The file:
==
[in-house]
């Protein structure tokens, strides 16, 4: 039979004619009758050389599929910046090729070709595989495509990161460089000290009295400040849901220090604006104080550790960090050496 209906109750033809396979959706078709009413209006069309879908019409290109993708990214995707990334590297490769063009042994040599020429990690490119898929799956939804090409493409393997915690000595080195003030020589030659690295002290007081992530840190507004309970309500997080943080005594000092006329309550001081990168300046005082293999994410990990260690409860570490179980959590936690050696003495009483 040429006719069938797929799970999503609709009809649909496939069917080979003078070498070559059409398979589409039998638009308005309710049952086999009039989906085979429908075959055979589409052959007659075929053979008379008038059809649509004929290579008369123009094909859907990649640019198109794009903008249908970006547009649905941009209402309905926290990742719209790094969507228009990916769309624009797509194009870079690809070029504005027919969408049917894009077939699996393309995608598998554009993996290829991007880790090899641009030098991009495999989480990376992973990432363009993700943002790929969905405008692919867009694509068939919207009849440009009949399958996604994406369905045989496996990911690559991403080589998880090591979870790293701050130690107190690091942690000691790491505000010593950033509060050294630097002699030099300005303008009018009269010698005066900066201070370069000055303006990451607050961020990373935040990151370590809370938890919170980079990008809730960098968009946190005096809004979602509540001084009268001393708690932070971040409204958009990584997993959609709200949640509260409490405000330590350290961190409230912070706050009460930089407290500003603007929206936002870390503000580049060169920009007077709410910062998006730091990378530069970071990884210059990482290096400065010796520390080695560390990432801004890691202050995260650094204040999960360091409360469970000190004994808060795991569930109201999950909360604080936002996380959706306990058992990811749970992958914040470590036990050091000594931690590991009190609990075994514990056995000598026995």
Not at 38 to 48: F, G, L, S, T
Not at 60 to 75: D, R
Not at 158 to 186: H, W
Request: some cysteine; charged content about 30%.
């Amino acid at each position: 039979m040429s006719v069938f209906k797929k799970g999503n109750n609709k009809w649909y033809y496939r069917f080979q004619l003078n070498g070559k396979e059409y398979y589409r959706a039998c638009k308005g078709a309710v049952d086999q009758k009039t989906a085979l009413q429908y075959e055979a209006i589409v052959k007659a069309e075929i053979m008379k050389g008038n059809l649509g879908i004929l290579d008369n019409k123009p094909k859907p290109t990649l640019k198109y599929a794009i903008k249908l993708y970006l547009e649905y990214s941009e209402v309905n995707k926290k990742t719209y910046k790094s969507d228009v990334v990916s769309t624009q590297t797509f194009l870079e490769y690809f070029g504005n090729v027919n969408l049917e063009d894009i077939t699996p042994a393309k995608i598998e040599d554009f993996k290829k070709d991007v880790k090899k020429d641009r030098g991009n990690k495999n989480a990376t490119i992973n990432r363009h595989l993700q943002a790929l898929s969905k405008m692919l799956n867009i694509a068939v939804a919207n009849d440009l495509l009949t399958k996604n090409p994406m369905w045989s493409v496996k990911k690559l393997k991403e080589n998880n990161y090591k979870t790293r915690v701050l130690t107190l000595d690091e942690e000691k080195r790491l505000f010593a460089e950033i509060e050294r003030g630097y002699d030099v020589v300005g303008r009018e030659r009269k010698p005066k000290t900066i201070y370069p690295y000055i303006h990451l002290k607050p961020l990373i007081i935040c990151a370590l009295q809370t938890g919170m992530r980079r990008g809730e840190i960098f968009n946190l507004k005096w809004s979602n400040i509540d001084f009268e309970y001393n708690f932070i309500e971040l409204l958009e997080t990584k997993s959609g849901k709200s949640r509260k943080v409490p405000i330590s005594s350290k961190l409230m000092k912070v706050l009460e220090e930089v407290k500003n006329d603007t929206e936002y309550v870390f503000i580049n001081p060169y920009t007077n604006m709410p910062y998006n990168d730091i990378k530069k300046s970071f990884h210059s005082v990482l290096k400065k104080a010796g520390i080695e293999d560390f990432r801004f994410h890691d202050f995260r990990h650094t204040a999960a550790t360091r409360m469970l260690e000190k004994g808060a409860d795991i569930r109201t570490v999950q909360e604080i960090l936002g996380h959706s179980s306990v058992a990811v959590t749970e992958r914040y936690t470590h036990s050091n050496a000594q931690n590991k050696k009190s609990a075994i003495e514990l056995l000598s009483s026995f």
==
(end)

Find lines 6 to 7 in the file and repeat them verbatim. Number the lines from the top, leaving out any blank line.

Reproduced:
Request: some cysteine; charged content about 30%.
């Amino acid at each position: 039979m040429s006719v069938f209906k797929k799970g999503n109750n609709k009809w649909y033809y496939r069917f080979q004619l003078n070498g070559k396979e059409y398979y589409r959706a039998c638009k308005g078709a309710v049952d086999q009758k009039t989906a085979l009413q429908y075959e055979a209006i589409v052959k007659a069309e075929i053979m008379k050389g008038n059809l649509g879908i004929l290579d008369n019409k123009p094909k859907p290109t990649l640019k198109y599929a794009i903008k249908l993708y970006l547009e649905y990214s941009e209402v309905n995707k926290k990742t719209y910046k790094s969507d228009v990334v990916s769309t624009q590297t797509f194009l870079e490769y690809f070029g504005n090729v027919n969408l049917e063009d894009i077939t699996p042994a393309k995608i598998e040599d554009f993996k290829k070709d991007v880790k090899k020429d641009r030098g991009n990690k495999n989480a990376t490119i992973n990432r363009h595989l993700q943002a790929l898929s969905k405008m692919l799956n867009i694509a068939v939804a919207n009849d440009l495509l009949t399958k996604n090409p994406m369905w045989s493409v496996k990911k690559l393997k991403e080589n998880n990161y090591k979870t790293r915690v701050l130690t107190l000595d690091e942690e000691k080195r790491l505000f010593a460089e950033i509060e050294r003030g630097y002699d030099v020589v300005g303008r009018e030659r009269k010698p005066k000290t900066i201070y370069p690295y000055i303006h990451l002290k607050p961020l990373i007081i935040c990151a370590l009295q809370t938890g919170m992530r980079r990008g809730e840190i960098f968009n946190l507004k005096w809004s979602n400040i509540d001084f009268e309970y001393n708690f932070i309500e971040l409204l958009e997080t990584k997993s959609g849901k709200s949640r509260k943080v409490p405000i330590s005594s350290k961190l409230m000092k912070v706050l009460e220090e930089v407290k500003n006329d603007t929206e936002y309550v870390f503000i580049n001081p060169y920009t007077n604006m709410p910062y998006n990168d730091i990378k530069k300046s970071f990884h210059s005082v990482l290096k400065k104080a010796g520390i080695e293999d560390f990432r801004f994410h890691d202050f995260r990990h650094t204040a999960a550790t360091r409360m469970l260690e000190k004994g808060a409860d795991i569930r109201t570490v999950q909360e604080i960090l936002g996380h959706s179980s306990v058992a990811v959590t749970e992958r914040y936690t470590h036990s050091n050496a000594q931690n590991k050696k009190s609990a075994i003495e514990l056995l000598s009483s026995f």